Multi-monitor setups are now commonplace, increasing productivity by providing not only more space, but an extra organizational layer for managing tasks. However, with the complexity we gain through more organization we lose simplicity. With the desktop originally designed for being able to comprehend the current state of the system in a single glance, we should be able to use modern technology as a way to bridge the gap and make human interface more intuitive.

What it does

Side Eye uses facial cues captured by consumer webcams in order to assist with one concept made more complicated by multi-display technologies: navigation.

How we built it

Side Eye uses OpenCV to keep a running model of the user's facial state, capturing relevant features and detecting gesture events. With a machine learning layer, these features are mapped to a list of actions, designed to make the experience of using multiple monitors seamless and intuitive.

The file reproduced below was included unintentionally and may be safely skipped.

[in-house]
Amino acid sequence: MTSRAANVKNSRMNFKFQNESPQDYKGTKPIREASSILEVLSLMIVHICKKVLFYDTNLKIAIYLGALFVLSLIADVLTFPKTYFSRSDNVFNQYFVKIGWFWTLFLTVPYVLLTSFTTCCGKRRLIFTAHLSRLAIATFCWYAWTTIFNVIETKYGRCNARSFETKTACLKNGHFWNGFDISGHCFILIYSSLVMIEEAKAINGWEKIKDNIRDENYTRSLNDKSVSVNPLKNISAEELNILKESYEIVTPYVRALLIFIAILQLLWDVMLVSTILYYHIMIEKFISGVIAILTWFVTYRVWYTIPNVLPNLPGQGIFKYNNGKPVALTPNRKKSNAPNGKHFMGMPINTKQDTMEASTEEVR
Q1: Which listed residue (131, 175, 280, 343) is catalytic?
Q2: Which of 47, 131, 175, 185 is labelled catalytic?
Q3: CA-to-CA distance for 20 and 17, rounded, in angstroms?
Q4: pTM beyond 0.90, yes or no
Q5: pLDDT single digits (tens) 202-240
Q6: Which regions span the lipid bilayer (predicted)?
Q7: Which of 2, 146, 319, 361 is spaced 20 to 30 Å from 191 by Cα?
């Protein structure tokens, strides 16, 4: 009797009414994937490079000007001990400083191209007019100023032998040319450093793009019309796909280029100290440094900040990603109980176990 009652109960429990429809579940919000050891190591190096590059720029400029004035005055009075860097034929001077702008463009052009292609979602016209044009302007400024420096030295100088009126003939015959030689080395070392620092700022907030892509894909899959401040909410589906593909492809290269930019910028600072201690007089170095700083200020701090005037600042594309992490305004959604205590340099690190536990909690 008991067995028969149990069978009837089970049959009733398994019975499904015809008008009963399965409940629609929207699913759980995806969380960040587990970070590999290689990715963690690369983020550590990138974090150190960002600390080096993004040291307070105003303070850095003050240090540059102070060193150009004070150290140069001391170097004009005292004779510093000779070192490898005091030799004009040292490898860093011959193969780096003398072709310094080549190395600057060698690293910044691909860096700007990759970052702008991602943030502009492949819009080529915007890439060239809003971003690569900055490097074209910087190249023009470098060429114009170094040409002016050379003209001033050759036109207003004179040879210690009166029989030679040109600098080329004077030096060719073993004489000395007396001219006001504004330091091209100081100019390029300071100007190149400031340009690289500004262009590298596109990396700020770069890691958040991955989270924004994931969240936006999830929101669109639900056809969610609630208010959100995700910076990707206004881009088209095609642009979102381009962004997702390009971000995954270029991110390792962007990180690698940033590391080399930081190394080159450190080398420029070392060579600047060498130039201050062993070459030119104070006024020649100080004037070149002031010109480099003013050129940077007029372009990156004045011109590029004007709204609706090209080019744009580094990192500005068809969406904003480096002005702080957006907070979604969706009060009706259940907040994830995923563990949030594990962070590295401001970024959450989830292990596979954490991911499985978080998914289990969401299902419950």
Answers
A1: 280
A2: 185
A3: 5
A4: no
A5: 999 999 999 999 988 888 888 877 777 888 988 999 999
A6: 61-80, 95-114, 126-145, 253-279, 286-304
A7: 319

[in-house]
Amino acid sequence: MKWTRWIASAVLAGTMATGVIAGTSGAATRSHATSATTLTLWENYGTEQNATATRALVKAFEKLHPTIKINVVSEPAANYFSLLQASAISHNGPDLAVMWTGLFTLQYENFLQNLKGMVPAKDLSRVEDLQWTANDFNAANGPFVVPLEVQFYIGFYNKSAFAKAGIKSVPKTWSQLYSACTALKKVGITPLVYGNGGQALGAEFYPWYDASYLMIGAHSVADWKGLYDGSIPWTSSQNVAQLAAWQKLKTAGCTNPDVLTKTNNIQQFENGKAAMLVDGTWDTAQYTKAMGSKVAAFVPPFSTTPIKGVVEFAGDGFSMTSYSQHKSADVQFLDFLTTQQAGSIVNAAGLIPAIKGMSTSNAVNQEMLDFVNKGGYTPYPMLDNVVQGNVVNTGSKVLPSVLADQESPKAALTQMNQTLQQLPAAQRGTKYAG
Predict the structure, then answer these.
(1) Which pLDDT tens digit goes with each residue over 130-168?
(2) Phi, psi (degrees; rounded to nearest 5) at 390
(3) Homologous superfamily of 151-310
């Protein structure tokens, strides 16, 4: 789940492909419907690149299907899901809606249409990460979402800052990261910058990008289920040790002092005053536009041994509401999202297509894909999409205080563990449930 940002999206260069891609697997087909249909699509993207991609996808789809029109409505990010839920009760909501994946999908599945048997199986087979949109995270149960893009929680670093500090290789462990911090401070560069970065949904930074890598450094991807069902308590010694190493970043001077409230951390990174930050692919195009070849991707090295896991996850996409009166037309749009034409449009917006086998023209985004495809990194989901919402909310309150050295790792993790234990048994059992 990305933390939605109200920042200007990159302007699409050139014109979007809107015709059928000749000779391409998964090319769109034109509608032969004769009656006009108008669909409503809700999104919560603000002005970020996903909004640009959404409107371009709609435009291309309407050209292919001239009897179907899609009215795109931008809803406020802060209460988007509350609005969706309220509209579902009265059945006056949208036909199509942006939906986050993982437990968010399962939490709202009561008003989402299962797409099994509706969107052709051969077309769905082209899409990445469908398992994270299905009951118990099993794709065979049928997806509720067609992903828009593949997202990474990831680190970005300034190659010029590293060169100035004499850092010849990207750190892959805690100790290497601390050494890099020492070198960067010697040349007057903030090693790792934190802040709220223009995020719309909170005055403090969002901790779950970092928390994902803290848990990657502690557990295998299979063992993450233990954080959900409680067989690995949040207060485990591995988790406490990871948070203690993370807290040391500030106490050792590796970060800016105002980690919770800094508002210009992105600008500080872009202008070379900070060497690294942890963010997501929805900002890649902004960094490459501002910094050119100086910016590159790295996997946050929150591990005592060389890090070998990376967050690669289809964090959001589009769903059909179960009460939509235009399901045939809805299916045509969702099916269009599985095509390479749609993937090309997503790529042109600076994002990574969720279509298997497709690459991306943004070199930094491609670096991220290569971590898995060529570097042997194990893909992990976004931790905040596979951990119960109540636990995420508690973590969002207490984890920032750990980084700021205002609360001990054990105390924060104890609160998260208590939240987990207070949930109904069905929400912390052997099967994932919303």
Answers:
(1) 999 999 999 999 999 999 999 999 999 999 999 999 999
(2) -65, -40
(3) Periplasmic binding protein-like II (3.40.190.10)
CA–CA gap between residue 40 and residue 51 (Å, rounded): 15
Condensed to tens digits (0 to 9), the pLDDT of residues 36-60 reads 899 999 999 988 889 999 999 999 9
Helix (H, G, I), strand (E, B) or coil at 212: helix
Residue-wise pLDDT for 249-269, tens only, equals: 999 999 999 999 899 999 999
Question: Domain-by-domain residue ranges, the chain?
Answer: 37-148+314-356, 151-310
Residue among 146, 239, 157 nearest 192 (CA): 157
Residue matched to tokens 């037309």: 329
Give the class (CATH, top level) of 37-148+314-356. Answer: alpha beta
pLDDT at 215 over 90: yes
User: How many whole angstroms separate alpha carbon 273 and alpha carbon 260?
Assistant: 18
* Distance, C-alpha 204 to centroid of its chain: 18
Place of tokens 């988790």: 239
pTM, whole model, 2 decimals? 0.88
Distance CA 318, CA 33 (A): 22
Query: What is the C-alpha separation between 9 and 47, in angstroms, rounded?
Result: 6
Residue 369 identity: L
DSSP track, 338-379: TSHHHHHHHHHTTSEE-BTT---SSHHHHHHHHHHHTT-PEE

Challenges we ran into

Some challenges we ran into included consolidating the compatibility of several components we used to create the project. Problematically, one of the key components we used for eye tracking was written in C++ while the rest of the codebase was in Python - in the interest of time constraints and ease-of-implementation we decided to translate our code into C++ to accommodate that dependency. Some effort was also required to adapt the code from a proof-of-concept demonstration application to a library-like include that would generate data in the format required by our machine learning layer.

Accomplishments that we're proud of

One thing we're proud of was our initial planning and scoping for our project idea. We were able to create an accurate plan-of-action and divide up the work in an effective way which allowed us to complete the project efficiently and without major hassles.

What we learned

In the development of Side Eye, we learned a lot about using the inter-connectivity of many independent technologies. In order for our final product to function, we combined several libraries and frameworks (OpenCV, Qt, etc.) that were incompatible in several way. We learned about conceding to the "good solution" and instead embracing the "practical solution", in order to create a final working solution.

What's next for Side Eye

For the future of Side Eye, several more independent gestures and features such as "wink-to-select" and gesture based window switching may be added to capitalize more on the usage of facial cues for navigation.

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